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May 31st, 2017 ~ Vol. 87 No. 22
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Good intentions by humans can harm wildlife
Crowsnest Pass Herald Front Page
Stock photo
Wildlife babies may be left on their own for hours at a time.
ANNA KROUPINA
Pass Herald Reporter
It’s safe to say that spring has arrived in Crowsnest Pass bringing flowers, showers and newborn wildlife.

As wild animals and critters give birth, their newborns may be found alone and unaccompanied in the backcountry. While it may spark concern that the animal has been abandoned, Alberta Fish & Wildlife cautions that they’re best left alone. Instead, Fish & Wildlife should be contacted to assess the situation and determine the most appropriate course of action.

To take, transport, or hold a wild animal is illegal unless in possession of proper permitting through Alberta Environment and Parks, the provincial arm that sets the programs and rules for wildlife permits. Alberta Fish & Wildlife delivers the programs and issues permits under the rules and specifications of Environment and Parks.
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“In the beginning of spring, usually mid-April until the end of June, there are a number of animals being born. During that time, if someone calls in and they found an orphaned animal, a Fish & Wildlife officer will check it out and confirm that it’s orphaned,” says Christy Pool, who coordinates and organizes the Orphaned and Injured Wildlife Program for Alberta Fish & Wildlife. Her zone covers the area south of Calgary and west of Lethbridge.

Typically, officers will monitor the animal for a period of time because it is common for mothers to leave their babies for a couple of hours, and then return. If they confirm that there is no mother coming back and the baby needs to be removed, the officer calls Pool, who transports it to an appropriate permitted rehabilitation facility approved by Fish & Wildlife.

Pool acknowledges that most people pick up wild animals out of good intentions, but good intentions can be harmful to the animal and the surrounding fauna.

“Mothers will leave for up to 12 hours and sometimes, they’re not even far, they’re just good at hiding,” she says, adding that wild animals instinctually do not like to be handled. Doing so could result in serious health concerns for the animal.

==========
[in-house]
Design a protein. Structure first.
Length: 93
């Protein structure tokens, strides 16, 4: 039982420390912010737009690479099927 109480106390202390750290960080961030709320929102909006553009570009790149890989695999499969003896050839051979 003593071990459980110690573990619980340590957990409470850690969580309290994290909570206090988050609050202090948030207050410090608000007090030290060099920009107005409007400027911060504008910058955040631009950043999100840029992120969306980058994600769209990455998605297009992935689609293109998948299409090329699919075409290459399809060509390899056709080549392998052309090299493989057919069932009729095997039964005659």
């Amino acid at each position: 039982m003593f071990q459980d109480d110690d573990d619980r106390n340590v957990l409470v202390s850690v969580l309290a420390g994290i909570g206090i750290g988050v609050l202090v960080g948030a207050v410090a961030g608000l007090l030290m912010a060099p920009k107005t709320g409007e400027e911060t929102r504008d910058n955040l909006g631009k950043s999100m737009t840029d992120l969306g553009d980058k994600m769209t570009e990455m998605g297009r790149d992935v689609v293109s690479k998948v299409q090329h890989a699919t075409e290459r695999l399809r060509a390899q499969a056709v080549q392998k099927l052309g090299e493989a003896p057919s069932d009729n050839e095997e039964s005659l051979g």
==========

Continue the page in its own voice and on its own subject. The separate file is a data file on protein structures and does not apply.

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“When you pick them up and you put them into a crate or you put them into your arms, they can succumb to what is called capture myopathy where their organs start to shut down because their fight or flight instinctual response cannot happen because they are contained. So you actually kill them by trying to help them,” she says.

Spread of disease is another serious consequence of improperly handling or transporting wildlife.

For Southern Alberta, the serious concern is the spread of chronic wasting disease, which is present in deer east of Claresholm

“A lot of those animals, depending on where they are, would have to be euthanized because we can’t be spreading the disease. It’s sad, but we can’t move it to other places,” says district officer with Fish & Wildlife John Clarke.

People have also brought in raccoons from Lethbridge, which officers need to deal with because Lethbridge has a high amount of canine distemper in their raccoons, which also spreads to domestic pets.

If the public comes across animals in the area, they are advised to call the Alberta Fish & Wildlife office in Blairmore or the Report a Poacher line and give them a description of what they see and where the animal is, and a Fish & Wildlife officer will attend, assess the situation and decide whether it’s an animal that needs to be taken in or not.

The Alberta Birds of Prey Centre in Coaldale and the Medicine River Wildlife Centre are two rehab facilities that the program commonly works with. They also work with the Alberta Institute for Wildlife Conservation (AIWC) out of Madden.

Since the beginning of 2016, Pool has received a call for an injured eagle, which she transported to Birds of Prey Centre. On average, Pool says she receives calls for approximately four fawns per year in the Crowsnest Pass.

The Fish &?Wildlife office can be reached at (403) 562-3289.
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May 31st, 2017 ~ Vol. 87 No. 22
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